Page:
10 August 2019

On Gun Control, We Keep Asking The Wrong Question

Among the more predictable political rhythms in this country is the Second Amendment Two-Step: First there is a mass shooting or other horrific gun crime, followed by a proliferation of pontification promoting various bits of gun control legislation, all of which decry gun violence and promise to end such violence if only Americans would see the light and allow "common sense" gun control.

In the wake of two mass shootings within a single day, one in El Paso, Texas, and one Dayton, Ohio, America is dancing the Second Amendment Two-Step with the music cranked up to eleven. Self-styled "conservative" commentators such as Mona Charen have come out advocating banning certain types of guns purely for cosmetic reasons. At the same time, Democrats such as Senator Chuck Schumer have reliably excoriated Republicans for proposing solutions that are not nearly adequate to the moment or the presumptive "need".

Even alt-media personalities such as cerebral conservative Ben Shapiro expressed support for "Red Flag" laws which temporarily revoke a person's right to keep and bear arms:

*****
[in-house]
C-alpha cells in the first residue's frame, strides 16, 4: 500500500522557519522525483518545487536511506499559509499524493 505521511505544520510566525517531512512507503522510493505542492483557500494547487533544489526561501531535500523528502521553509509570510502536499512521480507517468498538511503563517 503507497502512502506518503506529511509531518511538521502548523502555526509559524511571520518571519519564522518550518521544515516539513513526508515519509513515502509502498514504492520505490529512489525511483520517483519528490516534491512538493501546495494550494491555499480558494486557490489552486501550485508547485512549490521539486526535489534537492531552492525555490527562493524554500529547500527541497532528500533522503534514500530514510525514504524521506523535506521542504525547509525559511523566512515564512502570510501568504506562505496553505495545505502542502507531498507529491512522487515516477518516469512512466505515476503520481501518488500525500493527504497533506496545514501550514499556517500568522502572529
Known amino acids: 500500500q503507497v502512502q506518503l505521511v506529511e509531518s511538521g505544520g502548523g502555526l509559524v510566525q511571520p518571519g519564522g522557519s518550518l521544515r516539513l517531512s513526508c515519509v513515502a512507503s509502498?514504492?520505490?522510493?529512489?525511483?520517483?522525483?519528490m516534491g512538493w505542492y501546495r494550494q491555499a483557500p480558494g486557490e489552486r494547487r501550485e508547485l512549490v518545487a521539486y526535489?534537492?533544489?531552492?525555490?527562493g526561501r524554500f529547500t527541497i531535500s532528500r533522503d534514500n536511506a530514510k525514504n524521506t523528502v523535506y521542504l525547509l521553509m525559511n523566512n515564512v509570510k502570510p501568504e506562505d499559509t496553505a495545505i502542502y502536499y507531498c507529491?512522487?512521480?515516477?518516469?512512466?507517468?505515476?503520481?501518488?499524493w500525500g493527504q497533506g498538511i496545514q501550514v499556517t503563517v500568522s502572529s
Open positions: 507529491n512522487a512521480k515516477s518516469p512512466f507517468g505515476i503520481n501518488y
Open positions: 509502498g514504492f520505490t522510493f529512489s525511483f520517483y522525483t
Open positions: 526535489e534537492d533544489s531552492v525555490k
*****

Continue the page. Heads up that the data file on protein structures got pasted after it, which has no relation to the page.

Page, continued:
Not to be outdone, enthusiastic pro-Trump supporter and host of the YourVoice America Internet talk show Bill Mitchell defended the judicial process ensconced in such laws:
One one level, the reflex is understandable: in the wake of tragedy, it is only natural to seek solutions, and it is the reflexive position of every politician to propose a political solution to every problem. Senators and Congressmen will forever respond to crisis by proposing legislation for one very simple reason: that is what we elect them to do.

However, no amount of good intention is sufficient to guarantee the reflex will produce good law. It is far more likely such reflex will produce bad law (case in point: the abysmally un-Constitutional Patriot Act, passed hurriedly in the wake of the 9/11 terrorist attacks). In the aftermath of tragedy, therefore, it behooves us all to take a moment to seriously consider what would constitute "good" law.

In the aftermath of tragedy is when we especially should look to the Constitution, look to the Bill of Rights contained therein as its first ten amendments, and consider seriously what government is and is not empowered to do. If we desire good law, we must begin with the Constitution. If we wish to enact good laws, we must take care not to enact laws which contradict the Constitution and violate even one of its strictures. If we hope to design good law, we must ask ourselves the right questions about the law, and the Constitution.

When discussing the law, there can be no doubt that the Constitution is the supreme Law of the United States, for that is explicitly proclaimed in Article 6. The direct consequence of this is, as Chief Justice John Marshall observed so saliently in Marbury v Madison (5 US 137 (1803)), "...an act of the Legislature repugnant to the Constitution is void." The Congress is not merely prohibited from passing a law which contradicts the Constitution, it is legally impossible for it to do so--any such contradiction immediately nullifies such a law and renders it void.